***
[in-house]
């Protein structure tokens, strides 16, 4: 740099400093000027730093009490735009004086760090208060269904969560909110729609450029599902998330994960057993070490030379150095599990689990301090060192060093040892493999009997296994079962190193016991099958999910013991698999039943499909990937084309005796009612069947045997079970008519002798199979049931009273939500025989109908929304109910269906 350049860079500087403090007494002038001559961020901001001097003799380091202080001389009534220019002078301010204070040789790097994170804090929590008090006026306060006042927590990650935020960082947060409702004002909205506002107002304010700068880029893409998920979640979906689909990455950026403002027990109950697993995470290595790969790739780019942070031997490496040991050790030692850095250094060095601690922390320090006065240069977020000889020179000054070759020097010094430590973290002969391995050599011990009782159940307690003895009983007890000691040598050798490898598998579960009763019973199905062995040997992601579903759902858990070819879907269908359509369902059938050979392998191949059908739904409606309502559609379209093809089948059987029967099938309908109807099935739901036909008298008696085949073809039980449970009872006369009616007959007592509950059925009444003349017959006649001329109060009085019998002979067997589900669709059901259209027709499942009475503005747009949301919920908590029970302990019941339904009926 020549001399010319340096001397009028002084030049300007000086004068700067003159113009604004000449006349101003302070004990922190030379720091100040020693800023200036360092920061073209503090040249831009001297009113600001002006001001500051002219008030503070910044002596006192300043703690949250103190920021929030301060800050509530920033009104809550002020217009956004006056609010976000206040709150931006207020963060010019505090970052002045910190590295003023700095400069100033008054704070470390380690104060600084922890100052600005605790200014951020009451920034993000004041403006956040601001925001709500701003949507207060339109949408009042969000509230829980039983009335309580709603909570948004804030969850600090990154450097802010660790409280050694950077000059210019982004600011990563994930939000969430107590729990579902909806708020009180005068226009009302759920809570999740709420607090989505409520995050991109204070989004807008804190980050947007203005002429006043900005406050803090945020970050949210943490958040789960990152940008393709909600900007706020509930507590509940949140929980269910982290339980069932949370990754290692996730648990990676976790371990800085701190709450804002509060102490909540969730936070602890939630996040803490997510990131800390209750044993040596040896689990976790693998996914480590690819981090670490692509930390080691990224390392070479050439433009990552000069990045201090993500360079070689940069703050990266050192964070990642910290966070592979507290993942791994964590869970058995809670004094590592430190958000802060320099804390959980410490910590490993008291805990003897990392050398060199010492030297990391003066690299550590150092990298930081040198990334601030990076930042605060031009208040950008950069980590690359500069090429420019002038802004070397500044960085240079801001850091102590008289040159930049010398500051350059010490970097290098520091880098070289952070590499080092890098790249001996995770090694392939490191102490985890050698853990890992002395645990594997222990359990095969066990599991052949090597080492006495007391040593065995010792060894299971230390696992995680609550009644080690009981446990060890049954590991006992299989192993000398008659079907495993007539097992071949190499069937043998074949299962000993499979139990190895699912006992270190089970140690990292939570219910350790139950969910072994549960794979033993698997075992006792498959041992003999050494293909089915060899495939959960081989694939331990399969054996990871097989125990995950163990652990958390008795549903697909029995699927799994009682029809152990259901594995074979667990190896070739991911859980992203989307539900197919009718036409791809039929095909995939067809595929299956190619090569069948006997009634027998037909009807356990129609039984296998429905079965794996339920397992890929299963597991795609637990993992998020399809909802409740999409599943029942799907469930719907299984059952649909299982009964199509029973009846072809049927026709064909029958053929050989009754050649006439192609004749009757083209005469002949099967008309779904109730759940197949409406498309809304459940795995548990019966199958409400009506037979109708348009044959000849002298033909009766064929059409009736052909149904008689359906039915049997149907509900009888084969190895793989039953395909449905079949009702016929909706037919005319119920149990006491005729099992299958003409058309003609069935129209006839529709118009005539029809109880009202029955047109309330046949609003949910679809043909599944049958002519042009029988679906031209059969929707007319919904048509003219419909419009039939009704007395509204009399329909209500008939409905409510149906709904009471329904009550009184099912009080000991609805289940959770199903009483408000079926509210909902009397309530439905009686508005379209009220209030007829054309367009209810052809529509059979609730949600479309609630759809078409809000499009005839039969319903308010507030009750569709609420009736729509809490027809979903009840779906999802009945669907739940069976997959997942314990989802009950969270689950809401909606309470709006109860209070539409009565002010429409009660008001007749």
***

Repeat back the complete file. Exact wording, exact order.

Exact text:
[in-house]
């Protein structure tokens, strides 16, 4: 740099400093000027730093009490735009004086760090208060269904969560909110729609450029599902998330994960057993070490030379150095599990689990301090060192060093040892493999009997296994079962190193016991099958999910013991698999039943499909990937084309005796009612069947045997079970008519002798199979049931009273939500025989109908929304109910269906 350049860079500087403090007494002038001559961020901001001097003799380091202080001389009534220019002078301010204070040789790097994170804090929590008090006026306060006042927590990650935020960082947060409702004002909205506002107002304010700068880029893409998920979640979906689909990455950026403002027990109950697993995470290595790969790739780019942070031997490496040991050790030692850095250094060095601690922390320090006065240069977020000889020179000054070759020097010094430590973290002969391995050599011990009782159940307690003895009983007890000691040598050798490898598998579960009763019973199905062995040997992601579903759902858990070819879907269908359509369902059938050979392998191949059908739904409606309502559609379209093809089948059987029967099938309908109807099935739901036909008298008696085949073809039980449970009872006369009616007959007592509950059925009444003349017959006649001329109060009085019998002979067997589900669709059901259209027709499942009475503005747009949301919920908590029970302990019941339904009926 020549001399010319340096001397009028002084030049300007000086004068700067003159113009604004000449006349101003302070004990922190030379720091100040020693800023200036360092920061073209503090040249831009001297009113600001002006001001500051002219008030503070910044002596006192300043703690949250103190920021929030301060800050509530920033009104809550002020217009956004006056609010976000206040709150931006207020963060010019505090970052002045910190590295003023700095400069100033008054704070470390380690104060600084922890100052600005605790200014951020009451920034993000004041403006956040601001925001709500701003949507207060339109949408009042969000509230829980039983009335309580709603909570948004804030969850600090990154450097802010660790409280050694950077000059210019982004600011990563994930939000969430107590729990579902909806708020009180005068226009009302759920809570999740709420607090989505409520995050991109204070989004807008804190980050947007203005002429006043900005406050803090945020970050949210943490958040789960990152940008393709909600900007706020509930507590509940949140929980269910982290339980069932949370990754290692996730648990990676976790371990800085701190709450804002509060102490909540969730936070602890939630996040803490997510990131800390209750044993040596040896689990976790693998996914480590690819981090670490692509930390080691990224390392070479050439433009990552000069990045201090993500360079070689940069703050990266050192964070990642910290966070592979507290993942791994964590869970058995809670004094590592430190958000802060320099804390959980410490910590490993008291805990003897990392050398060199010492030297990391003066690299550590150092990298930081040198990334601030990076930042605060031009208040950008950069980590690359500069090429420019002038802004070397500044960085240079801001850091102590008289040159930049010398500051350059010490970097290098520091880098070289952070590499080092890098790249001996995770090694392939490191102490985890050698853990890992002395645990594997222990359990095969066990599991052949090597080492006495007391040593065995010792060894299971230390696992995680609550009644080690009981446990060890049954590991006992299989192993000398008659079907495993007539097992071949190499069937043998074949299962000993499979139990190895699912006992270190089970140690990292939570219910350790139950969910072994549960794979033993698997075992006792498959041992003999050494293909089915060899495939959960081989694939331990399969054996990871097989125990995950163990652990958390008795549903697909029995699927799994009682029809152990259901594995074979667990190896070739991911859980992203989307539900197919009718036409791809039929095909995939067809595929299956190619090569069948006997009634027998037909009807356990129609039984296998429905079965794996339920397992890929299963597991795609637990993992998020399809909802409740999409599943029942799907469930719907299984059952649909299982009964199509029973009846072809049927026709064909029958053929050989009754050649006439192609004749009757083209005469002949099967008309779904109730759940197949409406498309809304459940795995548990019966199958409400009506037979109708348009044959000849002298033909009766064929059409009736052909149904008689359906039915049997149907509900009888084969190895793989039953395909449905079949009702016929909706037919005319119920149990006491005729099992299958003409058309003609069935129209006839529709118009005539029809109880009202029955047109309330046949609003949910679809043909599944049958002519042009029988679906031209059969929707007319919904048509003219419909419009039939009704007395509204009399329909209500008939409905409510149906709904009471329904009550009184099912009080000991609805289940959770199903009483408000079926509210909902009397309530439905009686508005379209009220209030007829054309367009209810052809529509059979609730949600479309609630759809078409809000499009005839039969319903308010507030009750569709609420009736729509809490027809979903009840779906999802009945669907739940069976997959997942314990989802009950969270689950809401909606309470709006109860209070539409009565002010429409009660008001007749």